STILLWATER - Two years ago, Adarius Bowman was uncertain where he would play college football. He did know one thing, though. Wherever Gunter Brewer coached, that’s where Bowman would transfer. Even if Brewer landed in Alaska? “I’m there, man,” Bowman said. “Overseas. I’m there, man. That’s how much I love this guy. I consider him my role dog.” Bowman was raised by a single mother. He said Oklahoma State’s wide receivers coach is the father he never had. Position coaches often develop close relationships with players. But Bowman and Brewer, two cut-ups who have laugh-a-minute personalities, have a unique bond. The defining moment occurred during Bowman’s sophomore season at North Carolina. The day after Bowman caught a 46-yard, go-ahead touchdown pass in a win over North Carolina State, Bowman and two teammates were dismissed from the team when marijuana was discovered in the apartment. Bowman said he was innocent, unaware drugs were in the residence. Brewer stood by the 6-foot-4, 220-pound wide receiver, who once high-jumped 7 feet at Notre Dame High School in Chattanooga, Tenn. Six weeks later, charges were dropped against Bowman. By then, the football season was finished. Three months later, Brewer joined coach Mike Gundy’s staff at Oklahoma State. Later that spring, Bowman transferred to OSU. Nearly two years after that fateful day in an apartment in North Carolina, Bowman gets to play again, Saturday night when the Cowboys host Missouri State at Boone Pickens Stadium. “I can’t explain how excited I’ll be,” Bowman said. “I’ve been waiting a long time. I’m like a soda when you shake it up. I’m about ready to pop.” Bowman said it was Brewer’s cut-to-the-chase approach that convinced him to sign with North Carolina, then transfer to OSU when Brewer moved to Stillwater. “Throughout my life, I really never felt I had that father figure,” Bowman said. “He’s a guy I learned to love from the time he was recruiting me. He was always straight forward with things. He didn’t beat around the bush. We built a strong relationship. I trust him. He trusts me.” Brewer recalled the first bond-building experience at North Carolina. During Bowman’s first practice as a freshman, the young player ran down field on kickoff coverage. Bowman was involved in a violent collision. “He thought he broke his neck,” Brewer said. “He went numb. It was the first time he had ever gotten hurt. I told him that he’d be OK. It’s about building trust. You go through good times and bad times.” According to NCAA rules, coaches can take players out for “an occasional meal.” Sometimes it’s a trip to the bowling alley for dinner at a restaurant. Dining with Brewer’s family made a strong impact on Bowman. “He and his whole family brought me up like I was their son,” Bowman said. “He took the time to sit down and really explain things to me. ‘AD, you can’t do things this way. You have to be willing to listen, willing to learn.’ It all started from there. He was the first guy in my life I considered to be my father.” OSU teammates and coaches notice the unique bond. Veteran wide receiver D’Juan Woods has been around Brewer and Bowman in practice, at the training table and position meetings. “It’s like when you’re a kid, somebody can tell you to quit climbing on the fence,” Woods said. “It takes that one person to tell you to where you’re like, ‘OK. I’ll stop climbing on the fence.’ That’s AD and Brew. The way they talk to each other, you can tell they’ve had a relationship for a long time.” Bowman was a basketball star growing up, and he didn’t play football until his junior year in high school. He was a natural. As a senior, he was ranked among the top five receivers in the country. Brewer’s shoot-straight approach, combined with the Tar Heels’ hoops tradition, made it a slam dunk Bowman would wear Carolina blue. “Most guys came at me with all this football terminology,” Bowman said. “I really didn’t know all that at the time. He came at me with things he could help me with, what he could do for me, how he could make me a man. I was more concerned with that rather than the football team. I didn’t know much about college football teams.” Woods is the third-leading receiver in OSU history. With Bowman lined up on the opposite side, it should minimize double-teams for both receivers. Both are projected to have big seasons, possibly approach 50 or more receptions each. “He’s the prototype receiver you look for, someone with good size, speed and agility,” Brewer said. “He’s done well in practice. He’s received some kudos. He’s received some press. He knows what he can do. He just wants to get back out there and make plays.”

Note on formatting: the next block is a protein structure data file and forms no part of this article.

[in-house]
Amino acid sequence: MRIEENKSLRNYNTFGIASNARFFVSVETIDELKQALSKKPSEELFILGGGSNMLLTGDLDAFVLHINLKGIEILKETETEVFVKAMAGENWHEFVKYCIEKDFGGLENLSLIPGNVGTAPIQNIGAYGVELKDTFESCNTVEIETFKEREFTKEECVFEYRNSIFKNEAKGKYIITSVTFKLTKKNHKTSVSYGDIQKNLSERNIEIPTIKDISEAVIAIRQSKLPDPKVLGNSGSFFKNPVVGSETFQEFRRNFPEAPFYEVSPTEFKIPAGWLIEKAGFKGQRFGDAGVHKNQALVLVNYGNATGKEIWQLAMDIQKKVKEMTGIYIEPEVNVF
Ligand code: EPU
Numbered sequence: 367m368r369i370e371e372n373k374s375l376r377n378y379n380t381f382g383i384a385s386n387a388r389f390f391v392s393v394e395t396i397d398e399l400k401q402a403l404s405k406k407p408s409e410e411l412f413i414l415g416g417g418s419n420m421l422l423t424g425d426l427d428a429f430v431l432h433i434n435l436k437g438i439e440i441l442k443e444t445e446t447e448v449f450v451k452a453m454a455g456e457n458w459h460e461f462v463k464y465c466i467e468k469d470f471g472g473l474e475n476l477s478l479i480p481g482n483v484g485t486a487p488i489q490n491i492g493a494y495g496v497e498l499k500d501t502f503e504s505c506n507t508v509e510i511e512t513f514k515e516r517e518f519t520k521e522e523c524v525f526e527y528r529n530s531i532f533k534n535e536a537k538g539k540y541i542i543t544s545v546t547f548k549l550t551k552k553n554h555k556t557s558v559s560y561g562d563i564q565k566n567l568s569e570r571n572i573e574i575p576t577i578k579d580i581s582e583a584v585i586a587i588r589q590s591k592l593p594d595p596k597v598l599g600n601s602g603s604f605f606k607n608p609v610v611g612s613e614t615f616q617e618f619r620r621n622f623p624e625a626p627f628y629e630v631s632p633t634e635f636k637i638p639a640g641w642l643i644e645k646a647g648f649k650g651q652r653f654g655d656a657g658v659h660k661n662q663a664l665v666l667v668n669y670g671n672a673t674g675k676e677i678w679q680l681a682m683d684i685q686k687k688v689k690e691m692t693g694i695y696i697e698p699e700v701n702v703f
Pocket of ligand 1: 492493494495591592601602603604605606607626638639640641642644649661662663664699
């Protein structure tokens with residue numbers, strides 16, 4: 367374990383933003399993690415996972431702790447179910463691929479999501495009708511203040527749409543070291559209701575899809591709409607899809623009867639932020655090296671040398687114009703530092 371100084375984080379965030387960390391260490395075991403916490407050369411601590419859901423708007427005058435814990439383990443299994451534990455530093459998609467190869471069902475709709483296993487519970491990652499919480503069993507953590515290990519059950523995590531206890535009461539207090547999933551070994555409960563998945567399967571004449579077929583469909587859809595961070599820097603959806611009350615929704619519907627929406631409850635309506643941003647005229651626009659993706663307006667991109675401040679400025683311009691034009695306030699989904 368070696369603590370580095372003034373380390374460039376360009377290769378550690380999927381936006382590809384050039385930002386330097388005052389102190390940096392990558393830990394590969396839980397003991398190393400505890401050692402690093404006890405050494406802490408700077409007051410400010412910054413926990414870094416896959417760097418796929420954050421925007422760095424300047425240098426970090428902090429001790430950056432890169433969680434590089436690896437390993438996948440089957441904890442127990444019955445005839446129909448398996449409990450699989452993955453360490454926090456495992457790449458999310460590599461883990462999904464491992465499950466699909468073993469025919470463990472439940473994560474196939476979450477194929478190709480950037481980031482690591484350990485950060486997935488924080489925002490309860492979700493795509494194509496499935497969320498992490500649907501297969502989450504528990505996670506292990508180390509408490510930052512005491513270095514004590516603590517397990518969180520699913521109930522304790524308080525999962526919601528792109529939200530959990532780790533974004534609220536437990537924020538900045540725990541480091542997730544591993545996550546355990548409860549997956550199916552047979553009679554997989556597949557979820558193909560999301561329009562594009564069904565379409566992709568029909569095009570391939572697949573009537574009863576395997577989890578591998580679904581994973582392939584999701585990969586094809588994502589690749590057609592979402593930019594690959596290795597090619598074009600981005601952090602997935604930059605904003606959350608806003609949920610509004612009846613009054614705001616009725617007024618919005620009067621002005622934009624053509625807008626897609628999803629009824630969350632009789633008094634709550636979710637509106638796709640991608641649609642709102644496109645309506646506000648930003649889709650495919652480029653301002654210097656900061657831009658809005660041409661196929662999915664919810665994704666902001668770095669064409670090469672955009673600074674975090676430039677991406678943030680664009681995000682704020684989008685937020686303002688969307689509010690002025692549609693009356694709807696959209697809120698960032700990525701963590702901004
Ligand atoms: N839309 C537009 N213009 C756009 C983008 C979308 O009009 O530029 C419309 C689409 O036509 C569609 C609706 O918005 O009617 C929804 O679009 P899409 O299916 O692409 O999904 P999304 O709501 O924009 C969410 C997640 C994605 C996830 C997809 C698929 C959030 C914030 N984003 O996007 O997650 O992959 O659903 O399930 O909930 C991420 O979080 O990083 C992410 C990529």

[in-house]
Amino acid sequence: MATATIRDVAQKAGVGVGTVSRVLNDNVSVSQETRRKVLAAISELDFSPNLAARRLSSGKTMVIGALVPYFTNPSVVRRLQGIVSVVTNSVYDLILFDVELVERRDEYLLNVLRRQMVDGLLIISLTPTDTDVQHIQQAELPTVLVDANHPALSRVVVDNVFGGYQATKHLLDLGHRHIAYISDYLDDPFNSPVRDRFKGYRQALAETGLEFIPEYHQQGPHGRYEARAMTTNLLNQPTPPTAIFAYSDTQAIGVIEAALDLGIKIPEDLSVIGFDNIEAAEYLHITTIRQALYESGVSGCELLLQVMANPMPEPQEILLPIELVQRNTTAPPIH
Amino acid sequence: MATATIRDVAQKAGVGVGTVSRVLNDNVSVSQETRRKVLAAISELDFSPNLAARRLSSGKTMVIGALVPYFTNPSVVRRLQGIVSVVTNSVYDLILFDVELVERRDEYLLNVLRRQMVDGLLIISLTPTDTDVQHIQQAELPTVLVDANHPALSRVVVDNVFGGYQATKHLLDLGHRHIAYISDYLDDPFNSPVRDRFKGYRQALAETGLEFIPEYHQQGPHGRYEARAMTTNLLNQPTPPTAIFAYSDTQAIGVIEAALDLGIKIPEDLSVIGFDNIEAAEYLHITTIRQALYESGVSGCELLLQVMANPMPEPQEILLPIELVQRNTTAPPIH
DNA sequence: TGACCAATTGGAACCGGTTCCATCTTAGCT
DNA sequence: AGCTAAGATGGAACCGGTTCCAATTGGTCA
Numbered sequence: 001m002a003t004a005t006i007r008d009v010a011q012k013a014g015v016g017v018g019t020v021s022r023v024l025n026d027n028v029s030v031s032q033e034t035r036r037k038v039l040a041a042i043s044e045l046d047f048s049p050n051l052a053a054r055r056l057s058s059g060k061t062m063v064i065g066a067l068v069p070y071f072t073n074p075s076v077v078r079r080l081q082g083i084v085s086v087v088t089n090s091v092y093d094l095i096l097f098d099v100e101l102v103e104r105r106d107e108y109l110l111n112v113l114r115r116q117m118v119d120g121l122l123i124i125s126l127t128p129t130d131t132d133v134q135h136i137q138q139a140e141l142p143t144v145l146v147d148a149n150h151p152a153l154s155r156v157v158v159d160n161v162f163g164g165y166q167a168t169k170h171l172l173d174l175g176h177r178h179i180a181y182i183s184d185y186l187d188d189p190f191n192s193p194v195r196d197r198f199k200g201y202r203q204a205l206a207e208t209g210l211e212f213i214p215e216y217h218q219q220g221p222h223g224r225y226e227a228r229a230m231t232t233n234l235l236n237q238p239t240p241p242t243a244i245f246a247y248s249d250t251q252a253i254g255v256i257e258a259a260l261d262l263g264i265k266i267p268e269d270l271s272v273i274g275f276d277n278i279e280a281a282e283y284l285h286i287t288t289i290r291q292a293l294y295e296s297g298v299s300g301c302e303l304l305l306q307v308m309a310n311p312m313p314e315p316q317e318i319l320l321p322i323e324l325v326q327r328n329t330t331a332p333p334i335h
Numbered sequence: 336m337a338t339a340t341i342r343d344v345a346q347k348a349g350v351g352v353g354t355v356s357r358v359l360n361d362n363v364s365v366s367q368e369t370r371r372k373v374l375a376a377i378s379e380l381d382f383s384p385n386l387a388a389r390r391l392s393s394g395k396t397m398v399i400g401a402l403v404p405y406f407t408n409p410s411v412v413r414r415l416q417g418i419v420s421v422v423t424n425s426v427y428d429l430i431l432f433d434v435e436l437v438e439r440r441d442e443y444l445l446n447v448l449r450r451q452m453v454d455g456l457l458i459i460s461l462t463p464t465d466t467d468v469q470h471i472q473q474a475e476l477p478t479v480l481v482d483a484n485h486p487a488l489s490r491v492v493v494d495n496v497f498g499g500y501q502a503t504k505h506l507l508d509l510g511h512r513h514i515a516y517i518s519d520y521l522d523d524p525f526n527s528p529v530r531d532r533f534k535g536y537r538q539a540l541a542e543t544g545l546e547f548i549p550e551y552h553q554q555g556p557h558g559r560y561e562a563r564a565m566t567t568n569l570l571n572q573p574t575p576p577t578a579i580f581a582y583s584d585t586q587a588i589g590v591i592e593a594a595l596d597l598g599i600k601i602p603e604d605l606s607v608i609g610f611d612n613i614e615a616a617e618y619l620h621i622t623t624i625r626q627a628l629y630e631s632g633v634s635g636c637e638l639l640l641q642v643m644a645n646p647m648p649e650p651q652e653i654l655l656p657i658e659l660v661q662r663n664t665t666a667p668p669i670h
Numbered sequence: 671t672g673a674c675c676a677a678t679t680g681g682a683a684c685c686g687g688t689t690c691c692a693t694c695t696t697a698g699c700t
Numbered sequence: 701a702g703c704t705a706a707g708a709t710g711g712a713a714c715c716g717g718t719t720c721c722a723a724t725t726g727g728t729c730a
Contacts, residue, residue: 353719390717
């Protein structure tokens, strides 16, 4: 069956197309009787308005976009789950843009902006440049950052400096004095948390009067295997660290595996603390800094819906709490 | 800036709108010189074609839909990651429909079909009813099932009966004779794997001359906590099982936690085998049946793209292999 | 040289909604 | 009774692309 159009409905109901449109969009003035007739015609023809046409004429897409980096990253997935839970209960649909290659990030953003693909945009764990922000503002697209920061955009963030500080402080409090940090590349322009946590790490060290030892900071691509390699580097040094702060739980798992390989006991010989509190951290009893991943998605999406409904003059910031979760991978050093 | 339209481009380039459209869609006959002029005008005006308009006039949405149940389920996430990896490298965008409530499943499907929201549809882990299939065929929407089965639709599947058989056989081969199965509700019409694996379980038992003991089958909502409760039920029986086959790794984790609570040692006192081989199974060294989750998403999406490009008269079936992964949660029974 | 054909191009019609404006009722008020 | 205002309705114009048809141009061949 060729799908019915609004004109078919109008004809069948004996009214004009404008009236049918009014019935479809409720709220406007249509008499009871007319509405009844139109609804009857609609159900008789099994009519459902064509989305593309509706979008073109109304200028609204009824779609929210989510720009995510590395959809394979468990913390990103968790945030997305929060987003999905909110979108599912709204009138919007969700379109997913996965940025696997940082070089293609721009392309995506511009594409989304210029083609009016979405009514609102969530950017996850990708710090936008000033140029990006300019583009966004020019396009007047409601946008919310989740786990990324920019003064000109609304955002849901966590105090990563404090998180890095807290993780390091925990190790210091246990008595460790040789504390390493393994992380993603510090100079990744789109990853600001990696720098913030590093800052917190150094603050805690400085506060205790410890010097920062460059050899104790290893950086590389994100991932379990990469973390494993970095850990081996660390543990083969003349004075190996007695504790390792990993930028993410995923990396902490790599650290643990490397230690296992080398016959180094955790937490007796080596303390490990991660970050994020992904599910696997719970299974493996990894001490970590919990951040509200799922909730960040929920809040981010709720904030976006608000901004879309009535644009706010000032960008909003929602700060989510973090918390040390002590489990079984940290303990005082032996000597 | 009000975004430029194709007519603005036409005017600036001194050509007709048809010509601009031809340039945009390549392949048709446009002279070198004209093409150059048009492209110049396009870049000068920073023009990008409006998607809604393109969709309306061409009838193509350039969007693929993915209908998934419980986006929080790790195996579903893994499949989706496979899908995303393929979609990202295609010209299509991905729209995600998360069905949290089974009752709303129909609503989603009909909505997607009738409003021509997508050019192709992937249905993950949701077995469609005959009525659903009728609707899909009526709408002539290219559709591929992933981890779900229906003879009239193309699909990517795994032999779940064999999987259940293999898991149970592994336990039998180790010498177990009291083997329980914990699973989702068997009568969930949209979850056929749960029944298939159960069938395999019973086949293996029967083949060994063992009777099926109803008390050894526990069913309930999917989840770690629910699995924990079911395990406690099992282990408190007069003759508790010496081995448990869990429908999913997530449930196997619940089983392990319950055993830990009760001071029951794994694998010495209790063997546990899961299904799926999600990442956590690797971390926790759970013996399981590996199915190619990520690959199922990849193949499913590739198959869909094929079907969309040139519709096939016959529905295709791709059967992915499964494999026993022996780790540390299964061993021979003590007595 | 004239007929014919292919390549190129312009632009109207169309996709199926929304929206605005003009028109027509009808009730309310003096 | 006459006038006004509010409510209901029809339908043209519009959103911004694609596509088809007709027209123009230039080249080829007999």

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Missouri State at Oklahoma State 6 P.M. SATURDAY TV: None Radio: KXXY-FM 96.1 Long wait The last time Adarius Bowman appeared in a game was Oct. 10, 1994. Bowman hauled in two receptions for 76 yards, including a 46-yard, go-ahead touchdown reception in a win over archrival North Carolina State. He built a reputation for making big plays. His sophomore season, Bowman averaged 18.3 yards a reception. “He’s done this before against good caliber teams,” wide receivers coach Gunter Brewer said. “He’s done it as a freshman against Florida State. He’s done it as a sophomore against NC State. That’s when he was a young man. Now he’s grown up and matured physically.” Fumble issues?Bowman fumbled in the spring game. He had a couple of fumbles early during two-a-days. Brewer, who coached Bowman at North Carolina, said those plays are rare exceptions, not the rule. “He’s never had a problem with fumbles,” Brewer said. “The thing I’ve had to caution him about is to not make plays that aren’t there sometimes. He makes plays naturally. He has God-given talent. Good size. Good speed. I may have to hold the reins in on him a little to where he doesn’t try to overdo or overimpress.” By Mike Baldwin